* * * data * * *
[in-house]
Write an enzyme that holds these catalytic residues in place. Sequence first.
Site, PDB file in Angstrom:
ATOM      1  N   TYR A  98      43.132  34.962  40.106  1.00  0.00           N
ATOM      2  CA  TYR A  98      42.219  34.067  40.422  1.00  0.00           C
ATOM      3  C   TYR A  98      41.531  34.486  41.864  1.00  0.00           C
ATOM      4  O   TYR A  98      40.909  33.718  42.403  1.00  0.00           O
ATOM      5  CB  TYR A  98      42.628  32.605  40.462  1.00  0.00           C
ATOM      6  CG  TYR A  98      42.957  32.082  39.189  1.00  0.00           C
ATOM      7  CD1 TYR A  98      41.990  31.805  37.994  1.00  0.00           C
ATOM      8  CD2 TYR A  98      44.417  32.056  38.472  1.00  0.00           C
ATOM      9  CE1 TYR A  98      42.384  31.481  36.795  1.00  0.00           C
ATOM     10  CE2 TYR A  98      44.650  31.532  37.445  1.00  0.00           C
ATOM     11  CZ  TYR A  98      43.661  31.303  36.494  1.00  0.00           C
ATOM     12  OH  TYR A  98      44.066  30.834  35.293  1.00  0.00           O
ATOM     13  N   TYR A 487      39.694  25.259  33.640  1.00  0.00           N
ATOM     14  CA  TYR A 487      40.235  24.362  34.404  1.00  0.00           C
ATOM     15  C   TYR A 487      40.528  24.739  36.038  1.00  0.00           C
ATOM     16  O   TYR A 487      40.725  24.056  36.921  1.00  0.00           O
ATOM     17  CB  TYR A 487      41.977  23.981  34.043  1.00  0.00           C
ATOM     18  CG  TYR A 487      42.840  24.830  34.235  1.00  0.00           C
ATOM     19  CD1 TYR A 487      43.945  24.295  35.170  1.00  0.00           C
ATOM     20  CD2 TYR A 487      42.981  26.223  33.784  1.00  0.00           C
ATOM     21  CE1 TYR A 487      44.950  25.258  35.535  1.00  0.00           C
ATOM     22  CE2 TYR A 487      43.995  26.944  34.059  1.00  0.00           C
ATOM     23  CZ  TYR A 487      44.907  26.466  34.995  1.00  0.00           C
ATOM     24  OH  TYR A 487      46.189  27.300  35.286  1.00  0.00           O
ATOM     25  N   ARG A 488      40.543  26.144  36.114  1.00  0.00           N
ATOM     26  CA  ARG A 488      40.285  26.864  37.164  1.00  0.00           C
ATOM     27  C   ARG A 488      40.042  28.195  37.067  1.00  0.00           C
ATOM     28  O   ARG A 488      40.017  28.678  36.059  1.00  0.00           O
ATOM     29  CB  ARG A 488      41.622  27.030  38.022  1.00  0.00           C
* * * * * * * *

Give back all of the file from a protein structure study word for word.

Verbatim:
[in-house]
Write an enzyme that holds these catalytic residues in place. Sequence first.
Site, PDB file in Angstrom:
ATOM      1  N   TYR A  98      43.132  34.962  40.106  1.00  0.00           N
ATOM      2  CA  TYR A  98      42.219  34.067  40.422  1.00  0.00           C
ATOM      3  C   TYR A  98      41.531  34.486  41.864  1.00  0.00           C
ATOM      4  O   TYR A  98      40.909  33.718  42.403  1.00  0.00           O
ATOM      5  CB  TYR A  98      42.628  32.605  40.462  1.00  0.00           C
ATOM      6  CG  TYR A  98      42.957  32.082  39.189  1.00  0.00           C
ATOM      7  CD1 TYR A  98      41.990  31.805  37.994  1.00  0.00           C
ATOM      8  CD2 TYR A  98      44.417  32.056  38.472  1.00  0.00           C
ATOM      9  CE1 TYR A  98      42.384  31.481  36.795  1.00  0.00           C
ATOM     10  CE2 TYR A  98      44.650  31.532  37.445  1.00  0.00           C
ATOM     11  CZ  TYR A  98      43.661  31.303  36.494  1.00  0.00           C
ATOM     12  OH  TYR A  98      44.066  30.834  35.293  1.00  0.00           O
ATOM     13  N   TYR A 487      39.694  25.259  33.640  1.00  0.00           N
ATOM     14  CA  TYR A 487      40.235  24.362  34.404  1.00  0.00           C
ATOM     15  C   TYR A 487      40.528  24.739  36.038  1.00  0.00           C
ATOM     16  O   TYR A 487      40.725  24.056  36.921  1.00  0.00           O
ATOM     17  CB  TYR A 487      41.977  23.981  34.043  1.00  0.00           C
ATOM     18  CG  TYR A 487      42.840  24.830  34.235  1.00  0.00           C
ATOM     19  CD1 TYR A 487      43.945  24.295  35.170  1.00  0.00           C
ATOM     20  CD2 TYR A 487      42.981  26.223  33.784  1.00  0.00           C
ATOM     21  CE1 TYR A 487      44.950  25.258  35.535  1.00  0.00           C
ATOM     22  CE2 TYR A 487      43.995  26.944  34.059  1.00  0.00           C
ATOM     23  CZ  TYR A 487      44.907  26.466  34.995  1.00  0.00           C
ATOM     24  OH  TYR A 487      46.189  27.300  35.286  1.00  0.00           O
ATOM     25  N   ARG A 488      40.543  26.144  36.114  1.00  0.00           N
ATOM     26  CA  ARG A 488      40.285  26.864  37.164  1.00  0.00           C
ATOM     27  C   ARG A 488      40.042  28.195  37.067  1.00  0.00           C
ATOM     28  O   ARG A 488      40.017  28.678  36.059  1.00  0.00           O
ATOM     29  CB  ARG A 488      41.622  27.030  38.022  1.00  0.00           C